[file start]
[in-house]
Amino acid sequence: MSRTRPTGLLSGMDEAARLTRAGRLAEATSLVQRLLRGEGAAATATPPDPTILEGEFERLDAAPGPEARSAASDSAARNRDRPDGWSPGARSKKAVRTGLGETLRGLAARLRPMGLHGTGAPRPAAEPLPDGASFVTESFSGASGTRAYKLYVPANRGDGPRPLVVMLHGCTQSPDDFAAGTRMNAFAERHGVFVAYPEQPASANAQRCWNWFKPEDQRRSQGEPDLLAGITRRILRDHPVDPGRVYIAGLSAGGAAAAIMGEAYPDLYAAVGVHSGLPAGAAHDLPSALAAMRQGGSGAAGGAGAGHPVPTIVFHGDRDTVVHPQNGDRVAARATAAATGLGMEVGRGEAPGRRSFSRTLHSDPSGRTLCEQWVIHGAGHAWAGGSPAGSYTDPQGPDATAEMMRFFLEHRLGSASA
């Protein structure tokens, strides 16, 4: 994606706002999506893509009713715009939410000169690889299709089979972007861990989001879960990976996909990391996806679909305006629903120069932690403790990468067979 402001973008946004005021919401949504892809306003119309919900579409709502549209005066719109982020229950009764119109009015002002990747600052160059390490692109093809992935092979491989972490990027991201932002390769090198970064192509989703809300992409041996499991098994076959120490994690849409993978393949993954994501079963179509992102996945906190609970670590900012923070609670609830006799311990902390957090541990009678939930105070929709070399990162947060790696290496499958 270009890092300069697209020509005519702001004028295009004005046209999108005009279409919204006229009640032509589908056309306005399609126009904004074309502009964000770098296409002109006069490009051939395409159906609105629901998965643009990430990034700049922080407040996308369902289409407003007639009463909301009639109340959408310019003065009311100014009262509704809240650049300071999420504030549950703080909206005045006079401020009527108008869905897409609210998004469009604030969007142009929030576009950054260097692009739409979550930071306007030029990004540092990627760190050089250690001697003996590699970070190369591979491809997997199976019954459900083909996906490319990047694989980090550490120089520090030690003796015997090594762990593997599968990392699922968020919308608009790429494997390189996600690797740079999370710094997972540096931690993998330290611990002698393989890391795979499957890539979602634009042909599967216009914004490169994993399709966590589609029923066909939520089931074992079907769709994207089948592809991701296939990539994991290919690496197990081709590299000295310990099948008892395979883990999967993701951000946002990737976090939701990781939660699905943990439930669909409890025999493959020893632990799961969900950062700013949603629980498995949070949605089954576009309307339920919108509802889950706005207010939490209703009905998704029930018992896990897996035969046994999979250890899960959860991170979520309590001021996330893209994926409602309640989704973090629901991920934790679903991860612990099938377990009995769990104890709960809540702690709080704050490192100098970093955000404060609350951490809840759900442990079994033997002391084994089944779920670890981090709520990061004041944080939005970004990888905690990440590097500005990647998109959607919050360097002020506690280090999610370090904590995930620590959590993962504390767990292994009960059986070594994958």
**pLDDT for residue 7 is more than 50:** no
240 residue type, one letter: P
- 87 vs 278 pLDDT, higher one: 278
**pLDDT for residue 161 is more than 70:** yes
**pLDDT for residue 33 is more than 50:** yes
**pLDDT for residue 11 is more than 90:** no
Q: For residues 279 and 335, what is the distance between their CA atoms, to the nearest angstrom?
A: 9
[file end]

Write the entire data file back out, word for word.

[in-house]
Amino acid sequence: MSRTRPTGLLSGMDEAARLTRAGRLAEATSLVQRLLRGEGAAATATPPDPTILEGEFERLDAAPGPEARSAASDSAARNRDRPDGWSPGARSKKAVRTGLGETLRGLAARLRPMGLHGTGAPRPAAEPLPDGASFVTESFSGASGTRAYKLYVPANRGDGPRPLVVMLHGCTQSPDDFAAGTRMNAFAERHGVFVAYPEQPASANAQRCWNWFKPEDQRRSQGEPDLLAGITRRILRDHPVDPGRVYIAGLSAGGAAAAIMGEAYPDLYAAVGVHSGLPAGAAHDLPSALAAMRQGGSGAAGGAGAGHPVPTIVFHGDRDTVVHPQNGDRVAARATAAATGLGMEVGRGEAPGRRSFSRTLHSDPSGRTLCEQWVIHGAGHAWAGGSPAGSYTDPQGPDATAEMMRFFLEHRLGSASA
């Protein structure tokens, strides 16, 4: 994606706002999506893509009713715009939410000169690889299709089979972007861990989001879960990976996909990391996806679909305006629903120069932690403790990468067979 402001973008946004005021919401949504892809306003119309919900579409709502549209005066719109982020229950009764119109009015002002990747600052160059390490692109093809992935092979491989972490990027991201932002390769090198970064192509989703809300992409041996499991098994076959120490994690849409993978393949993954994501079963179509992102996945906190609970670590900012923070609670609830006799311990902390957090541990009678939930105070929709070399990162947060790696290496499958 270009890092300069697209020509005519702001004028295009004005046209999108005009279409919204006229009640032509589908056309306005399609126009904004074309502009964000770098296409002109006069490009051939395409159906609105629901998965643009990430990034700049922080407040996308369902289409407003007639009463909301009639109340959408310019003065009311100014009262509704809240650049300071999420504030549950703080909206005045006079401020009527108008869905897409609210998004469009604030969007142009929030576009950054260097692009739409979550930071306007030029990004540092990627760190050089250690001697003996590699970070190369591979491809997997199976019954459900083909996906490319990047694989980090550490120089520090030690003796015997090594762990593997599968990392699922968020919308608009790429494997390189996600690797740079999370710094997972540096931690993998330290611990002698393989890391795979499957890539979602634009042909599967216009914004490169994993399709966590589609029923066909939520089931074992079907769709994207089948592809991701296939990539994991290919690496197990081709590299000295310990099948008892395979883990999967993701951000946002990737976090939701990781939660699905943990439930669909409890025999493959020893632990799961969900950062700013949603629980498995949070949605089954576009309307339920919108509802889950706005207010939490209703009905998704029930018992896990897996035969046994999979250890899960959860991170979520309590001021996330893209994926409602309640989704973090629901991920934790679903991860612990099938377990009995769990104890709960809540702690709080704050490192100098970093955000404060609350951490809840759900442990079994033997002391084994089944779920670890981090709520990061004041944080939005970004990888905690990440590097500005990647998109959607919050360097002020506690280090999610370090904590995930620590959590993962504390767990292994009960059986070594994958």
**pLDDT for residue 7 is more than 50:** no
240 residue type, one letter: P
- 87 vs 278 pLDDT, higher one: 278
**pLDDT for residue 161 is more than 70:** yes
**pLDDT for residue 33 is more than 50:** yes
**pLDDT for residue 11 is more than 90:** no
Q: For residues 279 and 335, what is the distance between their CA atoms, to the nearest angstrom?
A: 9